Horticulturalist Peggy Ann Montgomery hasn’t had a vegetable garden since her children were little—about 20 years ago.
But as the pandemic began to impact food stock in grocery stores and markets, the Wilmington resident decided to “dip her toe in the water” by growing her own produce again—and she’s not the only one.
At Hockessin’s Gateway Garden Center, manager Rich Hanrahan says more people are coming in to learn how to create their own gardens. So many, in fact, that’s it’s been hard for his nursery to keep supplies in stock, from plants to seeds to soil.
But for those of us who aren’t horticulturists—or even have a green thumb—the thought of planting a garden or even potted herbs can be intimidating. To help you get started, we collected tips and tricks from other locals who have sprouted success. So what are you waiting for? Get growing.
When choosing which herbs and plants to grow, it’s important to consider what’s in season and how much space you have.
Some plants grow fairly self-contained, while others need space to trellis their vines.
Throughout July, Delaware’s climate is conducive to growing produce like arugula, basil, cilantro, chili peppers, lettuce, parsley, peppers, tomatoes and watercress, according to seasonalfoodguide.org.
While you can start with either transplants or seeds of different produce and herbs, Montgomery recommends a mixture of both, as having some transplants will make it feel like things have already begun to sprout.
As for how long it could be before your first harvest, that depends on the plant, says Marcia Stephenson, director of advancement at the Delaware Center for Horticulture.
“Germination rates for each vegetable vary by type and of course the weather,” she says.
Generally, most seeds germinate between seven to 10 days. Certain vegetables are exceptions, like carrots and celery, which take longer, 14-20 days and 28 to 40 respectively, she says. Most vegetables like beans, lettuce and beets can be eaten in about 70 days. Peppers, carrots and potatoes about 120 days.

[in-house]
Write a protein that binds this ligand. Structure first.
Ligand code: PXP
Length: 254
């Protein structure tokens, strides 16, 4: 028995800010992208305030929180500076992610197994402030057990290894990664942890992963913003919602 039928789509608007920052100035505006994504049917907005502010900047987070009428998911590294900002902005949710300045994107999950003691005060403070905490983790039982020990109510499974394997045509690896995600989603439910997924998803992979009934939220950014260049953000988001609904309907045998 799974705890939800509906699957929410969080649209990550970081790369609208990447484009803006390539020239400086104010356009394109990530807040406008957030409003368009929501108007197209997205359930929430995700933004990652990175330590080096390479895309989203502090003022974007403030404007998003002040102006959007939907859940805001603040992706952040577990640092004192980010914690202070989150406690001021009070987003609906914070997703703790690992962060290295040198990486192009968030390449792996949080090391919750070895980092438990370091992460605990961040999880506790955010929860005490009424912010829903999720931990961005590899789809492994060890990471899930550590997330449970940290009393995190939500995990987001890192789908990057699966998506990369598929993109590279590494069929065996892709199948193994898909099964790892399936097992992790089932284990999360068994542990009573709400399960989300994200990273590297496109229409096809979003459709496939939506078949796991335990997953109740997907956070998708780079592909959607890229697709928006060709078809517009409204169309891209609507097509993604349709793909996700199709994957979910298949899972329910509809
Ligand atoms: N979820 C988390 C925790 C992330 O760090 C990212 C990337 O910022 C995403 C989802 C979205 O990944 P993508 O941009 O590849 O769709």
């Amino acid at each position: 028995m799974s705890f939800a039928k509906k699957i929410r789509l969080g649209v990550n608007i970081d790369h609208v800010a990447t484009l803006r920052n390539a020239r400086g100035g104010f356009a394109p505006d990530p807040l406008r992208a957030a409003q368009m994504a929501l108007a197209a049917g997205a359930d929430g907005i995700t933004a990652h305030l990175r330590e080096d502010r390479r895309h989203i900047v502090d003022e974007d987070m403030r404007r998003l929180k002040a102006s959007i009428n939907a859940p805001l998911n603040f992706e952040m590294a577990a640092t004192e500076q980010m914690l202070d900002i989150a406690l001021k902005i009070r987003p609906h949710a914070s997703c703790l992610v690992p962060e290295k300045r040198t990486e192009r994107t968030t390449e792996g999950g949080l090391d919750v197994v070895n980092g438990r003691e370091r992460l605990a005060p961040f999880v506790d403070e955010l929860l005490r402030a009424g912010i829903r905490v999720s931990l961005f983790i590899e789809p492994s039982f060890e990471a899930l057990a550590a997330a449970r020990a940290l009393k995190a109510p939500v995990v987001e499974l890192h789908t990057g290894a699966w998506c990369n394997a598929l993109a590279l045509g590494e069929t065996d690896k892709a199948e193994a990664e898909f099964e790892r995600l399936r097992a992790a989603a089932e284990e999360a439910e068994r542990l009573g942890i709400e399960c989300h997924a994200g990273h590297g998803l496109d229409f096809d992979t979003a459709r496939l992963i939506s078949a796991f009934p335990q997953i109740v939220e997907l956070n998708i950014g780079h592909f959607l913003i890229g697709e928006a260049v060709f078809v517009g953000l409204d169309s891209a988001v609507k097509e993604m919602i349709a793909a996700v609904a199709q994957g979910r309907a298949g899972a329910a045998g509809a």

Tomatoes are a tough one, she says, as they take the most time and need really warm or hot weather to produce.
Hanrahan says seeds for summer crops like tomatoes, peppers, squash and cucumbers are big sellers.
Mike Dodson, a Wilmington-based interior designer, loves to grow parsley and peppers on his balcony. He even gives clients fresh parsley to keep in their kitchen and use in their everyday cooking.
“I love plants that have real, established health benefits,” he says.
While mint is a must-have for summer dishes and mocktails, Stephenson cautions that it must grow in its own container. She learned the herb is invasive when it spread roots across her own raised-bed garden, wreaking havoc on neighboring plants.
The size of your garden depends on how much space you have to grow, plus sunlight, shade and shelter.
Stephenson built a large raised bed, 6-by-10 foot, in her Wilmington backyard. In hindsight, she says, she should have installed multiple beds so she could separate plants and walk between them.
“It’s better to have narrow beds that you can easily access from either side without having to step into the bed. So ideally a 3- or 4-foot width by a 10-foot length would have been smarter,” she says.
Dodson has a small balcony and created a container garden to grow the herbs and vegetables he wanted without taking up too much space. He likes that people can still enjoy a cocktail on the balcony without the plants taking over.
Montgomery tilled the soil in her backyard from what used to be native and ornamental plants for the vegetable garden. While she doesn’t suggest this if you can avoid it (it’s time-consuming), she says it’s important to start with new, fresh soil. Her preference is a combination of manure and compost. (“It’s dirt cheap,” she jokes.) Nurseries like Gateway can help you with any specific wants or needs, Hanrahan says.
As for fertilization, Stephenson says skip it and “don’t complicate it.”
It’s also important to ensure your herbs and plants get six to eight hours of sunlight a day and an inch of water a week. Balcony plants constantly get sun from one side daily, so rotating the plants regularly helps. “There’s nothing worse than roasting in the sun,” Dodson says.
Montgomery says her best advice is to bury fears of having a black thumb and just go for it. So grab a shovel, some gloves and a watering can, and watch the fruits of your labor ripen.
Published as “Get Growing” in the July 2020 issue of Delaware Today magazine.